Councillor Beastall [said at the meeting] ‘It is centrally situated.’
Mr W Watson, an Alfreton valuer, placed the value of the frontage land at 2s 6d. per yard and the back land 1s 3d. per yard, but if the land was laid out for building purposes the back land would be worth 1s 9d. per yard. It would make good building land, and it was certainly the best site the Council could have in the place.
The Inspector said he could not help thinking that for a village it was rather expensive to acquire building land for a recreation ground. Couldn’t they get land much cheaper half a mile away?
Mr Cleaver said that the ground was for the children, and he was afraid they would not walk half a mile to a recreation ground, but would prefer the streets.
Councillor Beastall said it had taken them two years to get Mr Oakes to place the land in the market. Land was very difficult to obtain.
Councillor Pegg said it was a very popular purchase.
Councillor Beastall said more people used that ground than the whole of the others put together. It was the most suitable they could find in the whole parish.
The inquiry then closed.”
From this long newspaper report it can be seen that the purchase of the land was not without issues. By 1911, most of the land on Somercotes Common had been fully developed, leaving this central island of land which was ripe for building. The Council seems to have agreed to purchase the land at a price more suited to building land, but in doing so they created a recreation ground that was central to the population for which it was intended. The odd shape of the recreation ground reflects the problems associated with obtaining the necessary land at that time.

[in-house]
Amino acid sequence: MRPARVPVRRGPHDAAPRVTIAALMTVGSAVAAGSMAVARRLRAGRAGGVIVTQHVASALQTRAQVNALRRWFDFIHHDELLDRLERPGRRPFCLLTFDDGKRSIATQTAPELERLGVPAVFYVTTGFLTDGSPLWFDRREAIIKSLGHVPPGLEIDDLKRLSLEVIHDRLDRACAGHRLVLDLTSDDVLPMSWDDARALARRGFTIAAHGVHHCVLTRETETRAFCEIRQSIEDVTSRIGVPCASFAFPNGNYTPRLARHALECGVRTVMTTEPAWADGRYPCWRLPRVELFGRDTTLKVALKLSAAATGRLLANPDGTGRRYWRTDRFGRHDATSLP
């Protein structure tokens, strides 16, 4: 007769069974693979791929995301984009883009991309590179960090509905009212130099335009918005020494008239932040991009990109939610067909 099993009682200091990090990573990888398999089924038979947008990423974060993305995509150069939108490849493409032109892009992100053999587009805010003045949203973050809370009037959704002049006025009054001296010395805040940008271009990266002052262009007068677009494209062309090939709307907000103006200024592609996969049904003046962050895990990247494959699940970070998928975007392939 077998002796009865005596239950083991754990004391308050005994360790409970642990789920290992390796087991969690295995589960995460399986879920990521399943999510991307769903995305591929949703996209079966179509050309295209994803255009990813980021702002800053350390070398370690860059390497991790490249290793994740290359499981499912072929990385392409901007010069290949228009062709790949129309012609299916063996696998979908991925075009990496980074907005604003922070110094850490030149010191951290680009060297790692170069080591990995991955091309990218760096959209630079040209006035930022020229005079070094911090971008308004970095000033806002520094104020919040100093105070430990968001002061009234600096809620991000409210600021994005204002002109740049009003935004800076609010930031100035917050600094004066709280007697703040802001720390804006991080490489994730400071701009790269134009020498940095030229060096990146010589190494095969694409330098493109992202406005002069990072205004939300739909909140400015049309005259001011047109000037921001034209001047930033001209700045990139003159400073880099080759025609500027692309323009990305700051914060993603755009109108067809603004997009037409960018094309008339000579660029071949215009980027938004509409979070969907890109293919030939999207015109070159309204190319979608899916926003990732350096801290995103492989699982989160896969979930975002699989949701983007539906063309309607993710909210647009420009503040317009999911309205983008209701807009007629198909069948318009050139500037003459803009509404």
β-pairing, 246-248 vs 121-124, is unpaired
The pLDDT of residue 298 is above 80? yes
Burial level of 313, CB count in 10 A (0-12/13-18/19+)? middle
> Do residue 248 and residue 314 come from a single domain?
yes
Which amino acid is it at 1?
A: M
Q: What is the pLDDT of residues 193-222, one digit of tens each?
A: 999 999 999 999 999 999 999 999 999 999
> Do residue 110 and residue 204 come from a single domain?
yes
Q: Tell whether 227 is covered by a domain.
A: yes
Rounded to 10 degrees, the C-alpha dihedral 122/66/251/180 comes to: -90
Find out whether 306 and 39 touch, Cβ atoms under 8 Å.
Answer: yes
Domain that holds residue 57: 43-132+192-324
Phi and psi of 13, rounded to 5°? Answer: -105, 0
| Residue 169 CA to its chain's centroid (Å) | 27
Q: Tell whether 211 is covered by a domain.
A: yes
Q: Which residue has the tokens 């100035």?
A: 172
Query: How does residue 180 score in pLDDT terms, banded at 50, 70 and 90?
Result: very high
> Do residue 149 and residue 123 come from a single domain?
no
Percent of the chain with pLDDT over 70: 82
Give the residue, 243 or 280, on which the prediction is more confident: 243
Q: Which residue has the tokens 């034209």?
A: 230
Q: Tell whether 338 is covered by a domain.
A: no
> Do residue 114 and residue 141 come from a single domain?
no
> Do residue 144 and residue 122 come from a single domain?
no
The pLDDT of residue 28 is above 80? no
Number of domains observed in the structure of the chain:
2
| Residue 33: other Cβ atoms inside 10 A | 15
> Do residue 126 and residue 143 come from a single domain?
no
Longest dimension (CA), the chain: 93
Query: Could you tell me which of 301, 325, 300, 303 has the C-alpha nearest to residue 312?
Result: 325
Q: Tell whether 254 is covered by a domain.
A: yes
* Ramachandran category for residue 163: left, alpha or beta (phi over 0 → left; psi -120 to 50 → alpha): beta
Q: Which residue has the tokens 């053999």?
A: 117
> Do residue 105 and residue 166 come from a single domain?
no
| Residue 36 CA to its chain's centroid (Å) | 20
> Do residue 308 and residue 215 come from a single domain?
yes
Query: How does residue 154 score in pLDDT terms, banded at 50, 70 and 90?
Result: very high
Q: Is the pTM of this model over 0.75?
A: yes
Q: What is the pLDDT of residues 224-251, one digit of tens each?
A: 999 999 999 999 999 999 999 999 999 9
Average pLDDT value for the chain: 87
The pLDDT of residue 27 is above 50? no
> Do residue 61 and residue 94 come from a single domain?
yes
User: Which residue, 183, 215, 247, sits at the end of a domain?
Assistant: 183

Over the years, the recreation ground became a popular area, but the Councillors also saw a need for the older population to be represented. Around 1931, a bowling green was provided at a cost of £1,000. In 1933 it was agreed to erect a house for the groundsman of the Somercotes recreation ground on a site facing Brenden Avenue. Eventually, tennis courts and a “crazy-golf” course would be including in the plans. Also in 1933, the Secondary Modern School was built adjacent to the recreation ground, in some respects completing the Councils plans.
In modern times, major changes have been made to the site. Now officially known as “Somercotes Park” the area includes the Somerlea Park Centre, a multi-user games area, outdoor fitness centre, and skate park. Although the tennis courts have been replaced with a synthetic games pitch and the miniature golf course removed, the bowling green still survives and is in regular use throughout the season.
The original main pedestrian entrance to the recreation ground was located on Leabrooks Road, Somercotes. Flanked by two stone pillars it still exists today, although the Somerlea Park Centre is now considered the main gateway to the facilities.